The UGM Center for Digital Society has released its findings on the 2024 election trends from the social media platform X. One of the results indicates the presence of cyber troop movements in all presidential candidates.
“This reflects the similarity among the three candidates who are paying attention to campaigns on social media,” explained Agung Tri Nugraha, the Research Manager of the UGM Center for Digital Society, at a press conference themed “Presidential Candidate Trends on X: Opinion Warfare, Cyber Troops, and Jokowi’s ‘Cawe-cawe’” at the Digital Intelligence Lab at the UGM Faculty of Social Sciences, Wednesday (September 27).
Nugraha stated that this finding strengthens research previously released by the Oxford Internet Institute in 2019 titled “Global Inventory of Organized Social Media Manipulation” and Sastramidjaja and Wijayanto (2022) on Cyber Troops, Online Manipulation of Public Opinion, and the Co-Optation of Indonesia’s Cybersphere.
He explained that the center’s research was conducted to respond to current trends that influence online discussions and support for political figures in Indonesia.
The center collected data from the X platform from July to August 2023. The data included tweets, comments, and interactions related to the 2024 presidential election and current political issues.
“We collected a total of 59,155 posts using several keywords related to the 2024 election, presidential candidates, and political parties. After removing duplicate posts, we were left with 50,503 posts,” he said.
Another finding shows a significant negative sentiment towards President Joko Widodo in online conversations. In the analysis of negative sentiment posts, “Jokowi” appears as one of the dominant terms.
“As a result, further analysis of the term ‘Jokowi’ found the top 10 trigrams, dominated by ‘cawe-cawe Jokowi,’ ‘cawe-cawe capres,’ ‘capres didukung Jokowi,’ and ‘Jokowi dukung Ganjar,’” he explained.
Furthermore, the manager discussed the interactions of X users regarding political figures in Indonesia. The presidential candidates who will compete in the 2024 election did not escape the attention.
Based on the research, Prabowo Subianto emerged as the Gerindra presidential candidate who was mentioned the most without being tagged in tweets and comments by X netizens.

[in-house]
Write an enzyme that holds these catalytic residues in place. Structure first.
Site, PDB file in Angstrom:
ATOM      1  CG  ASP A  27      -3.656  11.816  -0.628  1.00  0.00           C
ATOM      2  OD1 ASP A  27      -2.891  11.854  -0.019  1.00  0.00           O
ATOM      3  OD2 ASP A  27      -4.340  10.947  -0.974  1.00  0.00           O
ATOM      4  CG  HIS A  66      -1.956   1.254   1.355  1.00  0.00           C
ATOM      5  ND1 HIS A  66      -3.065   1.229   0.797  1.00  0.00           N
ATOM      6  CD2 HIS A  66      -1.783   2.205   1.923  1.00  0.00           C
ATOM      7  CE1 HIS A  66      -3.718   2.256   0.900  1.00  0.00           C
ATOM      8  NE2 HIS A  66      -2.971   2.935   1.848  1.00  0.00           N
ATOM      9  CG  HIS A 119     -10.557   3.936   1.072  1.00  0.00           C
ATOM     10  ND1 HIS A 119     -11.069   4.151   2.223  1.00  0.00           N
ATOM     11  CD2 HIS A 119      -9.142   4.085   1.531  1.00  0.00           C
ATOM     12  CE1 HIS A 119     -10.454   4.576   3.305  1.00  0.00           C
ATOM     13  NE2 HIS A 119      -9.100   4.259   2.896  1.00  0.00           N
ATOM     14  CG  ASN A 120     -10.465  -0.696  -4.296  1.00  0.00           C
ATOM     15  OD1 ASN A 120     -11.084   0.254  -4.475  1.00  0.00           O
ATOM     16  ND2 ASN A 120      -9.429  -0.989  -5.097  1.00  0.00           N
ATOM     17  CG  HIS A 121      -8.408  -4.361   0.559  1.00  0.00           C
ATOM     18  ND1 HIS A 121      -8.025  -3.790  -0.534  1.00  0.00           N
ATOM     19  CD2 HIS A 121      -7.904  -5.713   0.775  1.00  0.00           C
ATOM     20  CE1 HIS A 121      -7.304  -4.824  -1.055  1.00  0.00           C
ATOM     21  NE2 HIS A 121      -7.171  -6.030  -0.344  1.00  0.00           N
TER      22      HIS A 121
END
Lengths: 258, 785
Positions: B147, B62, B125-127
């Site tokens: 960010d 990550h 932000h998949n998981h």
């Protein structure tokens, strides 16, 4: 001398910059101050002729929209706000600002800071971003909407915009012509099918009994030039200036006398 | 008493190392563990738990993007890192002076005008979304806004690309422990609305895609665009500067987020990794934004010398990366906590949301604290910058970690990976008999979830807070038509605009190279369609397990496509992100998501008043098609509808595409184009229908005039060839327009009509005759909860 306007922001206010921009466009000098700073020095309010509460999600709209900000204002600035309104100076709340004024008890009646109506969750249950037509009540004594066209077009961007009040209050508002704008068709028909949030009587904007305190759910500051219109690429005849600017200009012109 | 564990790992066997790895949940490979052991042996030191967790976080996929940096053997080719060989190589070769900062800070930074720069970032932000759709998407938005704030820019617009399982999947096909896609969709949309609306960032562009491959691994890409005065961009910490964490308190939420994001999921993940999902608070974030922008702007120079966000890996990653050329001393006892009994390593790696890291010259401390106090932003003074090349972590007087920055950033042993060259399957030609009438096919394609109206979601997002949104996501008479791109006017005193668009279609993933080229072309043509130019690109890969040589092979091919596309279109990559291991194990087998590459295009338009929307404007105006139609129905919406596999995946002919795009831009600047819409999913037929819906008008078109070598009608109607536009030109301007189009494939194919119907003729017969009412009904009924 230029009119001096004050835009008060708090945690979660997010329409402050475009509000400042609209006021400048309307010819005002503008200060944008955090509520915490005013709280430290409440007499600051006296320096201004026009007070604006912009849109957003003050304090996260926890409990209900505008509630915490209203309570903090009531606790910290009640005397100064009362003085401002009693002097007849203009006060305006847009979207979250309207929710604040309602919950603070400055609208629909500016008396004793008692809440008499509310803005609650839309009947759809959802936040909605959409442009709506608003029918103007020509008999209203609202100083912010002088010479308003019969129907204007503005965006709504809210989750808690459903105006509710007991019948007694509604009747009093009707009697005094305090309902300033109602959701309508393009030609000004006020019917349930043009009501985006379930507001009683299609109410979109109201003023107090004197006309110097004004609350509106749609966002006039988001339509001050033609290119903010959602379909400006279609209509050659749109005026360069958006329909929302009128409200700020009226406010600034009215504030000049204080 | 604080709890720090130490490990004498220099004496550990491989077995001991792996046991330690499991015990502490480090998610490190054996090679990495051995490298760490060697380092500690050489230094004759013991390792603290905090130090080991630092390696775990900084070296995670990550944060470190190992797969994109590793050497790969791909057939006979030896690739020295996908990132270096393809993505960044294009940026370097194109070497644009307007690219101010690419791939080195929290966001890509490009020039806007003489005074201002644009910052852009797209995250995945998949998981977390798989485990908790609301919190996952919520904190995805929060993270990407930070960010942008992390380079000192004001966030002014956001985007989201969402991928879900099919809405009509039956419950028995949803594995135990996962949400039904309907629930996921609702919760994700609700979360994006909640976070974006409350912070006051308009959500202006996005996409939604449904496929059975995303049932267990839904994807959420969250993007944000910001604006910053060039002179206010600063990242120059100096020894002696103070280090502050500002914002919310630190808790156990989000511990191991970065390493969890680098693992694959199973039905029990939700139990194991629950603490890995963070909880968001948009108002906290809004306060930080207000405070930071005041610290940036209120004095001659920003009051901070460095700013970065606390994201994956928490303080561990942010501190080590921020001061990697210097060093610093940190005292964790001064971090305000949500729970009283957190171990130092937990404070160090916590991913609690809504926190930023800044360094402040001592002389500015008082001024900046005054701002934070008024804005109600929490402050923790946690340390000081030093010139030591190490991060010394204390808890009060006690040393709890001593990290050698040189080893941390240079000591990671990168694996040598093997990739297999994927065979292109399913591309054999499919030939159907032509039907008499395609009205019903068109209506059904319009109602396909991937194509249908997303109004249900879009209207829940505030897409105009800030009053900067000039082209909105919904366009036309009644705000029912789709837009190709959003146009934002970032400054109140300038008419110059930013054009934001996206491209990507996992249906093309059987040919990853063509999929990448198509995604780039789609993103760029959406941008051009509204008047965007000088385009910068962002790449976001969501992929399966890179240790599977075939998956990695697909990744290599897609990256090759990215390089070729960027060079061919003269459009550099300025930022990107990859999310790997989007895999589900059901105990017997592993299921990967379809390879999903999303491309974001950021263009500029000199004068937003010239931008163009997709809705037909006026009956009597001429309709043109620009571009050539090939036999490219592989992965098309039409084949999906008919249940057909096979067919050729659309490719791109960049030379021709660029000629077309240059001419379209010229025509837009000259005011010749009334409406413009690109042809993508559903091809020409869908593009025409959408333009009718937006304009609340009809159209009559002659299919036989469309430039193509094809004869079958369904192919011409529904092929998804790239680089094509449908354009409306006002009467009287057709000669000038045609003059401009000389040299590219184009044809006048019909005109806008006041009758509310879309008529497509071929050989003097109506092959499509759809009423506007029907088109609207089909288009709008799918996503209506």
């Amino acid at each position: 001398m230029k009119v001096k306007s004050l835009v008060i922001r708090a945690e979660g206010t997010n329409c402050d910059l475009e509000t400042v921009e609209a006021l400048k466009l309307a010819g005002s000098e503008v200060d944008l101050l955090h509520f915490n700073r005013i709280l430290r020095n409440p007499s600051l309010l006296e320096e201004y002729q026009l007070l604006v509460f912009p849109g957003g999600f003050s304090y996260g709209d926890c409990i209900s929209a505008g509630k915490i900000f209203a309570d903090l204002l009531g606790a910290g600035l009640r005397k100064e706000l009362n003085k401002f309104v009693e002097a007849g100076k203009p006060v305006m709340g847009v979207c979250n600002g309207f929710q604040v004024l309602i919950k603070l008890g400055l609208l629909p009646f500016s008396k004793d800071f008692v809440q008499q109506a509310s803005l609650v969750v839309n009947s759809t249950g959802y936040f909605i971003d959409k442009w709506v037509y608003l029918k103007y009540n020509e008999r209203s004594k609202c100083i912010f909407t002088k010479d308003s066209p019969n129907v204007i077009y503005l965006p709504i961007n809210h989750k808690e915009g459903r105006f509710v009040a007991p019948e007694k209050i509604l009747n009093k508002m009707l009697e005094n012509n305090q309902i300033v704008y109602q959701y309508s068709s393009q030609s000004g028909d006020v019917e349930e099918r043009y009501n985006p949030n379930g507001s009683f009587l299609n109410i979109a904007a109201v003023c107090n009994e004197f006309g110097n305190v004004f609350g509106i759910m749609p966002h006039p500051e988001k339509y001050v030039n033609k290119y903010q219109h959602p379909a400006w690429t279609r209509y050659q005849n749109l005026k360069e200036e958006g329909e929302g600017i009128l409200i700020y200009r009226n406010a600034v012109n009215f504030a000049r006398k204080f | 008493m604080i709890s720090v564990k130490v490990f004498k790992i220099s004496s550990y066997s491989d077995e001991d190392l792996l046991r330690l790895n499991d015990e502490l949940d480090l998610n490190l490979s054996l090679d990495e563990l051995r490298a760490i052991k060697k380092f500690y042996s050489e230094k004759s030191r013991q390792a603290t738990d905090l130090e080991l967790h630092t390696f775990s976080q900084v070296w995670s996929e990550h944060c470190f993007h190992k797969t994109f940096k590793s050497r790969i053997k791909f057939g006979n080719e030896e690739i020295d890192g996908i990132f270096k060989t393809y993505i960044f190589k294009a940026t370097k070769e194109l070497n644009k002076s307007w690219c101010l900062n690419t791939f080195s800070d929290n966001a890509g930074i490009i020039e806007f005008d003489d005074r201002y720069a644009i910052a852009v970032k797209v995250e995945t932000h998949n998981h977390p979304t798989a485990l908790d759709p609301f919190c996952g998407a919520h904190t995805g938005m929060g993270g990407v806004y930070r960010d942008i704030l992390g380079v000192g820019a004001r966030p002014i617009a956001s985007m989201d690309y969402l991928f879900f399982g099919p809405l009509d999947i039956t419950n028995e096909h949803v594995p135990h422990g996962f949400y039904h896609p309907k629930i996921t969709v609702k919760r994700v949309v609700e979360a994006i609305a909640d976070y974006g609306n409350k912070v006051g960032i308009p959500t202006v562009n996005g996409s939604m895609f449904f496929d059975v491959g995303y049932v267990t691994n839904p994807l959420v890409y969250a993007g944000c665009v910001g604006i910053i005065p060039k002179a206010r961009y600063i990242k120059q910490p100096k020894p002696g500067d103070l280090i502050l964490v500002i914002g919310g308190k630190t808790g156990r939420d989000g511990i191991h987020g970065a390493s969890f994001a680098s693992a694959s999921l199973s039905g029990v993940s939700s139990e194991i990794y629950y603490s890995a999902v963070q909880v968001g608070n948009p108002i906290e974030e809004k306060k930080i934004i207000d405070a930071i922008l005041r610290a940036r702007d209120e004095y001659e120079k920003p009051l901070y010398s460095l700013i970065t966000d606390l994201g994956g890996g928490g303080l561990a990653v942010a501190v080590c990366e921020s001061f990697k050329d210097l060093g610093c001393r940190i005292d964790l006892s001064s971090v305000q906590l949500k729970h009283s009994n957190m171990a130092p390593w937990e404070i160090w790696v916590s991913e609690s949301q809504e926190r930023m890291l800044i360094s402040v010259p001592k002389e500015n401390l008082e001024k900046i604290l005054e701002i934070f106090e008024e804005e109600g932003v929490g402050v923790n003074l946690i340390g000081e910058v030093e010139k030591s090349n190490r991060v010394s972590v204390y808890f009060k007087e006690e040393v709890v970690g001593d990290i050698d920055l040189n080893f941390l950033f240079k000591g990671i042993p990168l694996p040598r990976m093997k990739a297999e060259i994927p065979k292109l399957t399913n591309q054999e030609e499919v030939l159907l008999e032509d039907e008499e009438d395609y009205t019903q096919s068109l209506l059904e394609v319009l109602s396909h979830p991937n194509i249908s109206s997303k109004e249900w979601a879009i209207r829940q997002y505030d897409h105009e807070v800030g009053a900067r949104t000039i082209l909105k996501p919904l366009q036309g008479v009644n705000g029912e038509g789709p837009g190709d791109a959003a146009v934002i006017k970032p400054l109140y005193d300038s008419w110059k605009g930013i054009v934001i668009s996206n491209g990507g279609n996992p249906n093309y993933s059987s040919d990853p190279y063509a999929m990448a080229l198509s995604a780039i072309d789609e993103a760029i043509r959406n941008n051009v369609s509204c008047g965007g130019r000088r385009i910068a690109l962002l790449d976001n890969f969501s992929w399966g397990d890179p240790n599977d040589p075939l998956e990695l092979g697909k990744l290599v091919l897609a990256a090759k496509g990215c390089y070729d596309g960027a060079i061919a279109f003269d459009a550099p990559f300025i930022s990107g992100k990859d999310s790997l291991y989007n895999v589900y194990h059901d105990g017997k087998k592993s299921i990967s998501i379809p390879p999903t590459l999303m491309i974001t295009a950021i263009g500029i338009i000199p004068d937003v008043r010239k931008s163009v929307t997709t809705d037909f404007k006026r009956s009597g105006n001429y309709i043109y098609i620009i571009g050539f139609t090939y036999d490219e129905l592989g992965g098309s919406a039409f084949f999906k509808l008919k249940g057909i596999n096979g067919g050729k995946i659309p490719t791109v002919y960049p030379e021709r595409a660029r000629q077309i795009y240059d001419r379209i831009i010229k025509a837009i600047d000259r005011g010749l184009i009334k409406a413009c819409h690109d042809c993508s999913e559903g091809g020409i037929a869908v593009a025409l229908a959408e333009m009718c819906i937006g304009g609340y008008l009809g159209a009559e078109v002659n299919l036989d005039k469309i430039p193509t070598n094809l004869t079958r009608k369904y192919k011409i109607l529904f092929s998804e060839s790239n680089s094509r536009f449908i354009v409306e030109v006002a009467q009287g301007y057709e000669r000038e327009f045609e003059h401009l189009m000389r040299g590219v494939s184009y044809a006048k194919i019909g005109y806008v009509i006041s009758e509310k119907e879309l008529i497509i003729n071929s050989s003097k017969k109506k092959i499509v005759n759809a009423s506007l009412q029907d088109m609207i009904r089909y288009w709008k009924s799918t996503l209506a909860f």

“After conducting an in-depth analysis, we found that duplicate posts related to Prabowo were posted by a single account 101 times. This pattern is different from duplicate posts with positive sentiment, which were duplicated by an average of more than five accounts,” he added.
Meanwhile, in the social network analysis of the PDIP presidential candidate, Ganjar Pranowo received the most mentions and replies compared to other presidential candidates, followed by Anies.
“Ganjar is the presidential candidate mentioned and replied to the most. As for posts related to Ganjar, they are dominated by keywords and hashtags like ‘ganjarcapres,’ posted by five accounts. Negative sentiment posts involve more than seven accounts per post, which is different from Prabowo,” he explained.
Agung Tri Nugraha also explained that the highest interactions in posts and comments on X were in the Anies Baswedan audience cluster.
From a social network analysis, especially in the top modularity classes, the Anies cluster, dominated by accounts @aniesbaswedan, @pdemokrat, and @bachrumachmadi, created the most active cluster with a 12.28% interaction rate.
“Based on these findings, we believe that social media, especially X, will play a key role in the 2024 election,” he said.
Considering this situation, Nugraha presented several recommendations from the UGM Center for Digital Society.
First, political elites and parties should use social media as a positive campaigning tool to create a healthier democratic climate.
Second, political elites and parties should use social media to contest ideas, ideologies, and visions rather than spread negative campaigns. Although negative campaigns are not legally prohibited, they should be based on valid and accountable data.
Third, the government and social media platforms should proactively counter disinformation content to limit its spread quickly.
“People are encouraged to be more critical of issues, trends, and content that suddenly emerges massively. Avoid falling into hate speech that can trigger division and polarization,” he concluded.